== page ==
The corporate determinants of health, which are included in the broad social conditions in which people live, have a profound and sustained impact on oral health inequalities [30,31]. The three most important dental diseases at the global level (dental caries, periodontal disease and oral cancer) are all heavily influenced by the products and practices of multinational corporations, particularly the sugar industry (dental caries), the alcohol industry (oral cancer, dental trauma) and the tobacco industry (periodontal disease, oral cancer) [31]. Large corporations contribute to oral health inequalities, primarily through their influence on the regulatory structures governing their activities; a key example is their shaping of the regulation of tobacco products in economically disadvantaged countries. Another is sugar, with Kearns and Watt demonstrating how the 40-year inertia of the World Health Organization in failing to endorse national sugar restrictions as a solution to dental caries was due to the sustained strategic actions of the World Sugar Research Organisation and the International Life Sciences Institute, both industry-funded groups with economic interests in sugar (and a history of influence that is only now beginning to be understood) [32]. These strategies included debating statistics, sponsoring conflicting studies and influencing committees. Emerging evidence on the impacts of taxation on sugar-sweetened beverages is encouraging [30], although there has been strong opposition from the sugar industry on this.

6. A Conceptual Framework of the Corporate Determinants of Health and Oral Health Inequalities

“Ensuring healthy lives and promoting well-being for all ages” is the third goal in the United Nation’s Sustainable Development Goals set for 2030 [33]. Key performance indicators for achieving these goals include universal health care and prevention/treatment of non-communicable diseases [34]. Oral health clearly falls within this remit through, for example, reducing oral health inequalities through prevention and treatment at a population level. However, the main prevention strategies of the SDGs focus on the risks associated with poor diet, tobacco use and alcohol consumption; this is clearly an emphasis that is largely placed on lifestyles and personal responsibility. Such an approach ignores the limited control that many people have over their circumstances and their exposure to the marketing strategies of transnational corporations [35]. Based on Lukes’ three faces of power theory [12] and Kickbusch’s processes through which transnational corporations exerted influence [4], we constructed a framework through which the corporate determinants of health and oral health inequalities might be better conceptually understood (Figure 1). The purpose of this framework is to enable public health researchers, practitioners and policy makers to better understand the knock-on effects of the power that corporations exert, in all its guises, on the macrosocial determinants of health that include oral health outcomes [4]. The conceptual framework also indicates pathways by which the actions of corporations impact oral health inequalities, which could be empirically tested in future research.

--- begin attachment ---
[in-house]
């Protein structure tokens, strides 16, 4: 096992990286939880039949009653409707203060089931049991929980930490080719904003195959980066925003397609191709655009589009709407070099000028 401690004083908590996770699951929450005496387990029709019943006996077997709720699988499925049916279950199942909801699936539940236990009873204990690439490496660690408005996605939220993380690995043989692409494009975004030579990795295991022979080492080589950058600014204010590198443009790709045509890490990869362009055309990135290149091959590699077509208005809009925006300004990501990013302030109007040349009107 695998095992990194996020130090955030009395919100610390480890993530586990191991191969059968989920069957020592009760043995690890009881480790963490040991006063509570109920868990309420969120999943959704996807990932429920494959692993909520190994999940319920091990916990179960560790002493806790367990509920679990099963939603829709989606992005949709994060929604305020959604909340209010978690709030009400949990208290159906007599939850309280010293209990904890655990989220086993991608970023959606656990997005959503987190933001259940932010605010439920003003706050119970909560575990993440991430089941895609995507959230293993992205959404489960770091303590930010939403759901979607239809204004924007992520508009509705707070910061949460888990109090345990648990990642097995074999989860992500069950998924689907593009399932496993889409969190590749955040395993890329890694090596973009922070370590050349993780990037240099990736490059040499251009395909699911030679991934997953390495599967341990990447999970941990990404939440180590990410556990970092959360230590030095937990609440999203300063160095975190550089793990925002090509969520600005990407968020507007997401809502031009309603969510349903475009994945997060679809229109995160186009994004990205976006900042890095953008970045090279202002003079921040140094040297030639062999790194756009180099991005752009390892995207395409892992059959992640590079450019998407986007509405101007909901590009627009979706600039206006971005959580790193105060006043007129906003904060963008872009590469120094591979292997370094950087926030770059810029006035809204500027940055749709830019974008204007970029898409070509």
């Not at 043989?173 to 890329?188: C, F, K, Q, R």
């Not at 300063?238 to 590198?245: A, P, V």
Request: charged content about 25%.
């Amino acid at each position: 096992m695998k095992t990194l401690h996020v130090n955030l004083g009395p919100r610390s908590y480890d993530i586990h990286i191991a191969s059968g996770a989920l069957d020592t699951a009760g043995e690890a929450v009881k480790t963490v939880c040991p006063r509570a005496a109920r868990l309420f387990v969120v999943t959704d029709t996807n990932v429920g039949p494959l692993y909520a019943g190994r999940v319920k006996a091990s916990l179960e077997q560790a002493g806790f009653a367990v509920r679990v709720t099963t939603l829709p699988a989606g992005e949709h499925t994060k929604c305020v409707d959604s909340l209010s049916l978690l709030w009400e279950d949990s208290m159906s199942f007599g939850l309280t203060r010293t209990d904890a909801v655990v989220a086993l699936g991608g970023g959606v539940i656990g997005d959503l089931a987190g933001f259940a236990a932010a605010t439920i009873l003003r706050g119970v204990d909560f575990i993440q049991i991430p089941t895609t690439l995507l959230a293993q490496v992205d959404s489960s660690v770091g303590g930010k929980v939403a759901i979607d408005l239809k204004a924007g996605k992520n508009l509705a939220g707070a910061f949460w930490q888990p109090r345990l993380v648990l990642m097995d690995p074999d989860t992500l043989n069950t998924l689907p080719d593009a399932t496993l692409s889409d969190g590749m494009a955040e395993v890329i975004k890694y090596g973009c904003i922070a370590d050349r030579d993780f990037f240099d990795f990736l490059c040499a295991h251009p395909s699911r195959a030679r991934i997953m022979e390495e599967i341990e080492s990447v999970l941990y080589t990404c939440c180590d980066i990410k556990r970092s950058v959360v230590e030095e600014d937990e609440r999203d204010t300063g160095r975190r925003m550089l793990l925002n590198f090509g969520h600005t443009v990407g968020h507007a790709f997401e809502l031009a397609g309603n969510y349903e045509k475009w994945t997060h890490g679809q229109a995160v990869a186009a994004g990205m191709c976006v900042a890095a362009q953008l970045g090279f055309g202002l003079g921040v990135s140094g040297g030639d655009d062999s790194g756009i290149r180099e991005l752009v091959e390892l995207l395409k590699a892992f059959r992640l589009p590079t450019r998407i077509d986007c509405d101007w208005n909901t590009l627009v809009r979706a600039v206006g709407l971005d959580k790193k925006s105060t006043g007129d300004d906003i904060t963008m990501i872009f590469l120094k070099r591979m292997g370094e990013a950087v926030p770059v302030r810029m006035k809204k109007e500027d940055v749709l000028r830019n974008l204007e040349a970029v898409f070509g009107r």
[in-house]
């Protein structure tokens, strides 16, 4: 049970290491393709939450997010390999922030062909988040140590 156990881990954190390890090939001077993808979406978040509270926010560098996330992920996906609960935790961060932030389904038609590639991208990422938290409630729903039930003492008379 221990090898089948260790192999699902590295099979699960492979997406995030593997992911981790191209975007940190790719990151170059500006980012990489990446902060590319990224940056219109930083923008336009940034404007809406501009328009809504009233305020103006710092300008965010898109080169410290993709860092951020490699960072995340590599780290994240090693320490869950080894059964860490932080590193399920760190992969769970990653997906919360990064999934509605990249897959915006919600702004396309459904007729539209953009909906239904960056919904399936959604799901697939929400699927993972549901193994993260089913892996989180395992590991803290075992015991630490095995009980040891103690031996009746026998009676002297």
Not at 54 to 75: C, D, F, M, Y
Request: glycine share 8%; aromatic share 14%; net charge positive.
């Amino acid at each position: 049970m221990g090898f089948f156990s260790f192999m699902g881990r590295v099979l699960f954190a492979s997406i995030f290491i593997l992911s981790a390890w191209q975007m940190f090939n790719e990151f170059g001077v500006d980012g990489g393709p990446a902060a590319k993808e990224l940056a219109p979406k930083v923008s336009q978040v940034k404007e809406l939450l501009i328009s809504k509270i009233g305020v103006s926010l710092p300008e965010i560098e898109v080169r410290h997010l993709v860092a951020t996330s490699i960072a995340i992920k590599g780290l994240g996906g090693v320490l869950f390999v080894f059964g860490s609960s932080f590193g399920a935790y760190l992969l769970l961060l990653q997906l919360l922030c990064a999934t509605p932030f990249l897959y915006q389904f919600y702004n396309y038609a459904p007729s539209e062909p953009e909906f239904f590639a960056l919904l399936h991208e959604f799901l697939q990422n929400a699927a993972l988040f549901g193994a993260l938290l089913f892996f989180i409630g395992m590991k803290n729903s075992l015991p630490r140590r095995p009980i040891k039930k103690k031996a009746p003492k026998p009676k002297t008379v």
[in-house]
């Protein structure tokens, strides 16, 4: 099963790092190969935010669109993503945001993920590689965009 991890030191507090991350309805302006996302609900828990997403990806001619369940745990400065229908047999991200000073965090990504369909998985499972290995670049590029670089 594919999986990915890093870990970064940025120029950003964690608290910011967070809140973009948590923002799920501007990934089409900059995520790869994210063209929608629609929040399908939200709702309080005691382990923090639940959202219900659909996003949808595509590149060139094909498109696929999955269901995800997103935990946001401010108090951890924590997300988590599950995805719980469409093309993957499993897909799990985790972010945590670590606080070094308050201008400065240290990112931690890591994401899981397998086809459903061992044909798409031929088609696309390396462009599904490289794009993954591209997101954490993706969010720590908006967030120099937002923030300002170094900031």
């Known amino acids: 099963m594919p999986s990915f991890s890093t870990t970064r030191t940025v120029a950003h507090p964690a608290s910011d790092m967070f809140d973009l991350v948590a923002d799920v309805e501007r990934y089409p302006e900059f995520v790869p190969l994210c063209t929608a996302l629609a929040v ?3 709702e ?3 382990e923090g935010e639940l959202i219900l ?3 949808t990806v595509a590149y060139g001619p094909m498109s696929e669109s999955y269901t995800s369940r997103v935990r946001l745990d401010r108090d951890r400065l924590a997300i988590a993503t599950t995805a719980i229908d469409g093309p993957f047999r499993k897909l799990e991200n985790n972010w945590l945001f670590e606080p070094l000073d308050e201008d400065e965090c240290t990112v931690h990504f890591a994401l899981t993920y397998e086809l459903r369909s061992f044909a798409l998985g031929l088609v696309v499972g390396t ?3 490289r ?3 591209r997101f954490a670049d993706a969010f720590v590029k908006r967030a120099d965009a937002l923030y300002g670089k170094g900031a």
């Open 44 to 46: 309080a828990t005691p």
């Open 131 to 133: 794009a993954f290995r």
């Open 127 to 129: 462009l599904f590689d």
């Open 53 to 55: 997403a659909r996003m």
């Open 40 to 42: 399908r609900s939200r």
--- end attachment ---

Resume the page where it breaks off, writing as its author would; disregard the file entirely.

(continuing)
7. How Can the Dental Profession Counter the Corporate Determinants of Oral Health?

As highlighted by Watt et al., dental professional organisations, institutions, peak bodies (an association of industries or groups with allied interests that act on behalf of all members when lobbying government or promoting the interests of the members) and policy makers need to apply greater pressure on the corporations that have the most impact on sustaining oral health inequalities (notably, the sugar, alcohol and tobacco industries) [31]. This includes refusal of funding, requests for transparency and greater scrutiny of perceived conflicts of interest when involved in any form of collaboration [22]. Public health advocates must become more skilled at recognising and understanding problem definition claims about sugar, alcohol, tobacco and dental diseases made by powerful vested interests and be prepared to counter them.

8. Conclusions

Actions the public health community can undertake to challenge the corporate determinants of oral health include demonstrating where and how people’s choices are structured by forces outside their immediate control, and asking whether it is acceptable that corporations whose products and actions clearly impact negatively on population oral health still retain a seat at health policy tables. We can align with other social movements committed to challenging the inequity of power in the hands of these corporations [36], and thus begin the process of holding powerful global corporations to account for their impacts on oral health.

Author Contributions

Conceptualization, L.J. and W.M.T.; methodology, L.J.; writing—original draft preparation, L.J.; writing—review and editing, B.G. and W.M.T. All authors have read and agreed to the published version of the manuscript.


This research received no external funding.

Conflicts of Interest

The authors declare no conflict of interest.


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Figure 1. Conceptual framework of corporate determinants of health and oral health inequalities, based on Lukes’ three faces of power theory and Kickbusch’s processes through which transnational corporations exert influence.
Figure 1. Conceptual framework of corporate determinants of health and oral health inequalities, based on Lukes’ three faces of power theory and Kickbusch’s processes through which transnational corporations exert influence.
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Jamieson, L.; Gibson, B.; Thomson, W.M. Oral Health Inequalities and the Corporate Determinants of Health: A Commentary. Int. J. Environ. Res. Public Health 2020, 17, 6529.

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Jamieson L, Gibson B, Thomson WM. Oral Health Inequalities and the Corporate Determinants of Health: A Commentary. International Journal of Environmental Research and Public Health. 2020; 17(18):6529.

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Jamieson, Lisa, Barry Gibson, and W. Murray Thomson. 2020. "Oral Health Inequalities and the Corporate Determinants of Health: A Commentary" International Journal of Environmental Research and Public Health 17, no. 18: 6529.